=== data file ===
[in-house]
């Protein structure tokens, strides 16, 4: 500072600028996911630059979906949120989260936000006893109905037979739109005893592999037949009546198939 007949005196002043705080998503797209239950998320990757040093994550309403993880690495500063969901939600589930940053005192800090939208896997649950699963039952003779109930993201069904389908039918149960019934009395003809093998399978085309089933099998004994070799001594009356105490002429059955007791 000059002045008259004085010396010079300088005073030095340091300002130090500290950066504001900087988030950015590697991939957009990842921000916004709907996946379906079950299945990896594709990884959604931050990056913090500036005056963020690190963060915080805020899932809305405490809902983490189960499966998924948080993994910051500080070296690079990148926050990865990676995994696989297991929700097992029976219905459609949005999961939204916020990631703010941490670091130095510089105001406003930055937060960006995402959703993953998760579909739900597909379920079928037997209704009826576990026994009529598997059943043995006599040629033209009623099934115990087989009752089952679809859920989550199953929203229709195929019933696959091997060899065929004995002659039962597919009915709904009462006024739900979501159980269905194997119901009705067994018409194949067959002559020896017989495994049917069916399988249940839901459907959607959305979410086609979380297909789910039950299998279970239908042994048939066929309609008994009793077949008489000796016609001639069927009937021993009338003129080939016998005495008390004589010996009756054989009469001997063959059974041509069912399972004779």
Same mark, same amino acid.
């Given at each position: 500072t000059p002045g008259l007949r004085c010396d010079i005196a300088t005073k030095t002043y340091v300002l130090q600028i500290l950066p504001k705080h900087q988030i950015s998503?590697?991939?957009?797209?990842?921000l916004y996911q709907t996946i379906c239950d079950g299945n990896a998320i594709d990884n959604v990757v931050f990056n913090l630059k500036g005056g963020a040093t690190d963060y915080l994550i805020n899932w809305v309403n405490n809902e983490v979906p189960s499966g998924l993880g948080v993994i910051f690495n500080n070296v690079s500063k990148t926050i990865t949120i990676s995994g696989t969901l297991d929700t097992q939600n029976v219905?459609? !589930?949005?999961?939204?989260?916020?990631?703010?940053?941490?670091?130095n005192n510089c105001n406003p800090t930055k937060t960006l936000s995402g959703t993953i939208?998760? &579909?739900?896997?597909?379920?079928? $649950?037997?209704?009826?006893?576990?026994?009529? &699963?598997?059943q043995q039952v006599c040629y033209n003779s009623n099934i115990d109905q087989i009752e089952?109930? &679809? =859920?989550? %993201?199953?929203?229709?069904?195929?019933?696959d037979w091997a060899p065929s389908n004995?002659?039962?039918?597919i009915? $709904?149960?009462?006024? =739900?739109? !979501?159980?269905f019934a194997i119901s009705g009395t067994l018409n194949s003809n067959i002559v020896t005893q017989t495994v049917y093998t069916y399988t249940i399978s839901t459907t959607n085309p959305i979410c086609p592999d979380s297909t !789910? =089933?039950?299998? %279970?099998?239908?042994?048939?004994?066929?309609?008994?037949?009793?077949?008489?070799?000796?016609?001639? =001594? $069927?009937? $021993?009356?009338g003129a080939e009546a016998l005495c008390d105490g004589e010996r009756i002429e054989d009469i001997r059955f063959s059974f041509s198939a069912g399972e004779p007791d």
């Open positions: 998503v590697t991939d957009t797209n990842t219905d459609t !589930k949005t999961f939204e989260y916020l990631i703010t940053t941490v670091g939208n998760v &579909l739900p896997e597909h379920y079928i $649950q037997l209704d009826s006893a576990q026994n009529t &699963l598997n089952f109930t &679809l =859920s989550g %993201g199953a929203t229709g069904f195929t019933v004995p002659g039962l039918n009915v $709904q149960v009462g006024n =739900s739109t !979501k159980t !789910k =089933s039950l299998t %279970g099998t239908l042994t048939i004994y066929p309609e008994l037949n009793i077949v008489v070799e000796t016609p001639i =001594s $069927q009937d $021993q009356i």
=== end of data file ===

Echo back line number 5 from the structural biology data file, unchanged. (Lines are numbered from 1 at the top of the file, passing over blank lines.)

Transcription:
């Open positions: 998503v590697t991939d957009t797209n990842t219905d459609t !589930k949005t999961f939204e989260y916020l990631i703010t940053t941490v670091g939208n998760v &579909l739900p896997e597909h379920y079928i $649950q037997l209704d009826s006893a576990q026994n009529t &699963l598997n089952f109930t &679809l =859920s989550g %993201g199953a929203t229709g069904f195929t019933v004995p002659g039962l039918n009915v $709904q149960v009462g006024n =739900s739109t !979501k159980t !789910k =089933s039950l299998t %279970g099998t239908l042994t048939i004994y066929p309609e008994l037949n009793i077949v008489v070799e000796t016609p001639i =001594s $069927q009937d $021993q009356i």